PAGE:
The Port Hope Waterworks Commission was established in 1896. In 1917, Port Hope's first water treatment plant was constructed. In 1938 a new plant was constructed to replace the original plant to take raw water from Lake Ontario, treat it and deliver to people's homes and businesses. Over the years upgrades were made to the plant on 21 Marsh Street to improve water quality and its distribution. The water treatment process evolved from infiltration wells to slow sand filtration, to dual media rapid sand filters. Chlorine was added at various stages to effectively control bacteria, algae and viruses. For years the water treatment plant provided a reliable source of quality water for Port Hope.
In 2001 the Waterworks Commission was changed to the Water Division in the Works and Engineering Department in the newly amalgamated Municipality of Port Hope. In August 2000, the Ontario government introduced a new regulation mandating that all of Ontario's water treatment plants undertake an evaluation of their operations, and develop a monitoring program. The Engineer's Report, received in February 2001, identified that Port Hope's water treatment plant did not meet the new standard requirements. The report indicated that significant upgrades would be required to bring the plant into compliance. Immediate measures were taken to comply with the interim deadline of December 31, 2002, although Council was aware that they were only temporary solutions. Many options were reviewed in the Municipality's quest for a long-term water solution, which resulted in Council's approval of the budget for the construction of the new water treatment plant.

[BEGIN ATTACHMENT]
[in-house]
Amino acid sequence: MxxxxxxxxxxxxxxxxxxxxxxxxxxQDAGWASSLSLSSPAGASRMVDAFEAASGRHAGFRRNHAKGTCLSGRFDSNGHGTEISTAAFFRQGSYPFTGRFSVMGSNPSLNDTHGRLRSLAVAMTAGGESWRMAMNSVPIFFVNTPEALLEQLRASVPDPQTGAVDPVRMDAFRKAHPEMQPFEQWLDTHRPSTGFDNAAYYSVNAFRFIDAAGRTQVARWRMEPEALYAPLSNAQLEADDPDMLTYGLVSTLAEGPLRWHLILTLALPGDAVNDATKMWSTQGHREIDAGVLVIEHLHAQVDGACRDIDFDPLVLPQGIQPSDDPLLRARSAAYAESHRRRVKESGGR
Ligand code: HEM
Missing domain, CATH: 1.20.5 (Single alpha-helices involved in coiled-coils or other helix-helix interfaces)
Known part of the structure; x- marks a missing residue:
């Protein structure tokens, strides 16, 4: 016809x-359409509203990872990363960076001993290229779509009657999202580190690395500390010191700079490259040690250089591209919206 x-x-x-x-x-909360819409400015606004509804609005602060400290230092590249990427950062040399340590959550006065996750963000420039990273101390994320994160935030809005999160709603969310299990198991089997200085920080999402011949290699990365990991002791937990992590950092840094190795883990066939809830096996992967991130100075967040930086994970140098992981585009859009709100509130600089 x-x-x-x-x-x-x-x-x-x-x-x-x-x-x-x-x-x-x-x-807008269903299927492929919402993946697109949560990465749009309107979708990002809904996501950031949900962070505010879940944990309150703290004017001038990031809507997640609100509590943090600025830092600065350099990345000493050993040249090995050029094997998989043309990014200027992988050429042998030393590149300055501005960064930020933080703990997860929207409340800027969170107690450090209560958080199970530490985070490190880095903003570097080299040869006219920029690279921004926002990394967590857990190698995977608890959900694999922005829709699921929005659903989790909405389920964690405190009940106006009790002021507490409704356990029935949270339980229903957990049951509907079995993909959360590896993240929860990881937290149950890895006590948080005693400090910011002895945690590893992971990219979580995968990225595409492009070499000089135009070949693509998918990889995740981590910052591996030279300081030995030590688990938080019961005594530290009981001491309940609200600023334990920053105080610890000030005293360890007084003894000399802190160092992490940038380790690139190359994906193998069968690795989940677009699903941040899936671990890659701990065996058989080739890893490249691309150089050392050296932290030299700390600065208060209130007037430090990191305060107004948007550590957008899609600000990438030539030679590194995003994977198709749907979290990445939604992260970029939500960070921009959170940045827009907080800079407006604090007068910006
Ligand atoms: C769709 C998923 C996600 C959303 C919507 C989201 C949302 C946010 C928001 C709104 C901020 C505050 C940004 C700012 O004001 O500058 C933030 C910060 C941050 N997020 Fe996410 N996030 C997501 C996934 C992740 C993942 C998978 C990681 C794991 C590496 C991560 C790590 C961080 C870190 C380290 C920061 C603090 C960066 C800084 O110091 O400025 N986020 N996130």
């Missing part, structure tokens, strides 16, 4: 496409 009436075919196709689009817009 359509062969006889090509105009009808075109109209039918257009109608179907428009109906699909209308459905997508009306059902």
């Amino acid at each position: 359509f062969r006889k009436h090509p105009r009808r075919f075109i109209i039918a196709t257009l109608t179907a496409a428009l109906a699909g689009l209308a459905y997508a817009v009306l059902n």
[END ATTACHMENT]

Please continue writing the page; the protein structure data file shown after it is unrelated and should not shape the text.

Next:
On August 23, 2005, Port Hope's new state-of-the-art membrane ultrafiltration Water Treatment Plant (WTP) at 35 Marsh Street opened its valves and provided 100% of Port Hope's water supply. The Water Treatment Division operates this facility, which is designed to produce 20,300 m3 per day of safe, clean, potable water.